From The Collaborative International Dictionary of English v.0.48:

Spermatophyta \Sper`ma*toph"y*ta\, n. pl. [NL.; spermato- + Gr.
   ? plant.] (Bot.)
   A phylum embracing the highest plants, or those that produce
   seeds; the seed plants, or flowering plants. They form the
   most numerous group, including over 120,000 species. In
   general, the group is characterized by the marked development
   of the sporophyte, with great differentiation of its parts
   (root, stem, leaves, flowers, etc.); by the extreme reduction
   of the gametophyte; and by the development of seeds. All the
   Spermatophyta are heterosporous; fertilization of the egg
   cell is either through a

   pollen tube emitted by the microspore or (in a few
      gymnosperms) by spermatozoids.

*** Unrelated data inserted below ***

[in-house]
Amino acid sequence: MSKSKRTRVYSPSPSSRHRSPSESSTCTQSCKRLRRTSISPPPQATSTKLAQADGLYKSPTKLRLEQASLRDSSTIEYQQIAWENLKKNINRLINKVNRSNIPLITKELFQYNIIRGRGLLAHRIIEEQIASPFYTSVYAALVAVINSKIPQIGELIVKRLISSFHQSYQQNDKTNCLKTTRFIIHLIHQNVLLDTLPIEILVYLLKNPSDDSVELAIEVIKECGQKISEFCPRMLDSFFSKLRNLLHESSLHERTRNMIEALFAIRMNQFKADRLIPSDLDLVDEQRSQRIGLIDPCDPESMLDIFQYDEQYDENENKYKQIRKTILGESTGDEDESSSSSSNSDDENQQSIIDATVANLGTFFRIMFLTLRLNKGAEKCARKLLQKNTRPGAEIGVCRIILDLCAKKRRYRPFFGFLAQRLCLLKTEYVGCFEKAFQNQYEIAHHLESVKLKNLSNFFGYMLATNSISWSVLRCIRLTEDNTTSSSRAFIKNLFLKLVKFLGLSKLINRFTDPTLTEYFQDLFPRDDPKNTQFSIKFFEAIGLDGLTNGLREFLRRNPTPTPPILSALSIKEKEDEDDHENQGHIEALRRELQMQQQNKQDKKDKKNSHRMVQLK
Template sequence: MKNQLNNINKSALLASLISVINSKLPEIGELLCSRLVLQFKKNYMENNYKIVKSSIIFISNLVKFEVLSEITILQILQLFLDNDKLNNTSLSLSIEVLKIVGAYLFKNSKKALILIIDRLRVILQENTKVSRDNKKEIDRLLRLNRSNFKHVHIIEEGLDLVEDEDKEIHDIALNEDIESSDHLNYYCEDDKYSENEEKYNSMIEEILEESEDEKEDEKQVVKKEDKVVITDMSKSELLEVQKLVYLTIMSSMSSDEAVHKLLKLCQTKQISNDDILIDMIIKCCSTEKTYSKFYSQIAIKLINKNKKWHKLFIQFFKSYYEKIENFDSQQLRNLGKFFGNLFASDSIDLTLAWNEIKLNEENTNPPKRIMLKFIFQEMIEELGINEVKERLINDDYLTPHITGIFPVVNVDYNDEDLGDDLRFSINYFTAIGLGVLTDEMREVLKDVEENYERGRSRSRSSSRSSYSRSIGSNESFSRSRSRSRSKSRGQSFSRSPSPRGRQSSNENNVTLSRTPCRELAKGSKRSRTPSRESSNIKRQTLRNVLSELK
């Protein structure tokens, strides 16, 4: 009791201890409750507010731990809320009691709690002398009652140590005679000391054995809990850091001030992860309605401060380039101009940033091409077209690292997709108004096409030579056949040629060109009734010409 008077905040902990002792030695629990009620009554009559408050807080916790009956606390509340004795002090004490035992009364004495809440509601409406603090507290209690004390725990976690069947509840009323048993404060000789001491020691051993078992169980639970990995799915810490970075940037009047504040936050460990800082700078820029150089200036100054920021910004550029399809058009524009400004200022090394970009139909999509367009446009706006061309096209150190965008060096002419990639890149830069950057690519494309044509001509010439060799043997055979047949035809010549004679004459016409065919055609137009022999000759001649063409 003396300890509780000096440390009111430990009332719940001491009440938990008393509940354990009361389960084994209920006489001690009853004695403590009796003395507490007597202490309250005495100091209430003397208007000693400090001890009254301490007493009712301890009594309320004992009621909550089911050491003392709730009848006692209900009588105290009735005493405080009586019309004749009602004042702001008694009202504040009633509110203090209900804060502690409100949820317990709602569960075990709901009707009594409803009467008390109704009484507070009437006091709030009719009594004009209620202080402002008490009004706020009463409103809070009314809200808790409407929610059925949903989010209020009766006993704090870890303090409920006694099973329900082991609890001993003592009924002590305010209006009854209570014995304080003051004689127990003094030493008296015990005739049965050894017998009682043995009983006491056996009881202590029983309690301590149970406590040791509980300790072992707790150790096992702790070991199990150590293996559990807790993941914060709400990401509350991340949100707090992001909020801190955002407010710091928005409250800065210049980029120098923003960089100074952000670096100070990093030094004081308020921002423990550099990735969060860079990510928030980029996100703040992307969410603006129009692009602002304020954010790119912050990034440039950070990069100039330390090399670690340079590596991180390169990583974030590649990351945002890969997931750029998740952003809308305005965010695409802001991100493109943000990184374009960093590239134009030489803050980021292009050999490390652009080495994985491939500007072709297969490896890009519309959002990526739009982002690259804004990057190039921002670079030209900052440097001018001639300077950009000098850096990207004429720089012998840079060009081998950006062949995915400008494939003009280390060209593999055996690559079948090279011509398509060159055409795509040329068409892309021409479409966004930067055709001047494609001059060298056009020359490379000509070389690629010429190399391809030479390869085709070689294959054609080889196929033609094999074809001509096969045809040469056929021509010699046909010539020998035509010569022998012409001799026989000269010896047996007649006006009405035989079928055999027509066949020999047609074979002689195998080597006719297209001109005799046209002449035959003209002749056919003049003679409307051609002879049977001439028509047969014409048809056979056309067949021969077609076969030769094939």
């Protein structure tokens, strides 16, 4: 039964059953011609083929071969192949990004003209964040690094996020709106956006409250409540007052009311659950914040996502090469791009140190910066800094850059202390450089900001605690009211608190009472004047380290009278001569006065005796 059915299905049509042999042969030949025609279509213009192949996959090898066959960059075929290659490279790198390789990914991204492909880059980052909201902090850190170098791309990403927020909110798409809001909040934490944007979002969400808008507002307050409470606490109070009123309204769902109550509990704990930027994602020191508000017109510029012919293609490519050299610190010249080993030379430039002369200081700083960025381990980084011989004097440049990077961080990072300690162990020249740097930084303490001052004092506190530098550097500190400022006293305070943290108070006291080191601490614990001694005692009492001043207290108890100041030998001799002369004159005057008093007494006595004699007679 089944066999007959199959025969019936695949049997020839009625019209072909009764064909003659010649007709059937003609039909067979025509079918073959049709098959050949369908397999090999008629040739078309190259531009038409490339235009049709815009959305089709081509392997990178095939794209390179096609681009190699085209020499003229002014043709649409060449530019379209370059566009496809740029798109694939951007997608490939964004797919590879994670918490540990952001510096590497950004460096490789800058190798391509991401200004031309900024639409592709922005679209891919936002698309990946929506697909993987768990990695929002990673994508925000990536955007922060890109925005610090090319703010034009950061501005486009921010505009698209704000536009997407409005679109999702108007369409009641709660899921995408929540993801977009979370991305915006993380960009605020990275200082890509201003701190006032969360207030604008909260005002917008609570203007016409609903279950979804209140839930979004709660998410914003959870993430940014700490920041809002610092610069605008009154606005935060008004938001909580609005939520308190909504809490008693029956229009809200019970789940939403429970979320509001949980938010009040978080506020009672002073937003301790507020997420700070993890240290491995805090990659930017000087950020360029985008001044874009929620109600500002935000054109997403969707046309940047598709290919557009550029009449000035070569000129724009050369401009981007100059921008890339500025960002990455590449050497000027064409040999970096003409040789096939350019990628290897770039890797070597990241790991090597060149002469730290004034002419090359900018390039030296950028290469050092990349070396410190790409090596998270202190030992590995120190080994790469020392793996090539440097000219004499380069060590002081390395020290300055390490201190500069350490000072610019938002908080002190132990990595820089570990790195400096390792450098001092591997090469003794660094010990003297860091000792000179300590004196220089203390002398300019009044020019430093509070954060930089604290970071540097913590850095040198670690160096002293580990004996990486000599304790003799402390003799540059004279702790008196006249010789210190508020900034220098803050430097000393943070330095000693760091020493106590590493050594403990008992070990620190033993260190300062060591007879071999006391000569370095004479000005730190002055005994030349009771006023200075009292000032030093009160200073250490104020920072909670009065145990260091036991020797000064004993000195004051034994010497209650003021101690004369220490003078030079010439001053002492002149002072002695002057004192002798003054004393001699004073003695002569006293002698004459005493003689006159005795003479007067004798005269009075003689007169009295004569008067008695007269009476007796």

Note: The phrase "flowering plants" is less distinctive than
         "seed plants," since the conifers, grasses, sedges,
         oaks, etc., do not produce flowers in the popular
         sense. For this reason the terms Anthrophyta,
         Phaenogamia, and Panerogamia have been superseded
         as names of the phylum by Spermatophyta.
         [Webster 1913 Suppl.]

From The Collaborative International Dictionary of English v.0.48:

Phaenogamia \Ph[ae]`no*ga"mi*a\, n. pl. [NL., fr. Gr. fai`nein
   to show + ga`mos marriage.] (Bot.)
   The class of flowering plants including all which have true
   flowers with distinct floral organs; phanerogamia.
   [1913 Webster] Phaenogamian
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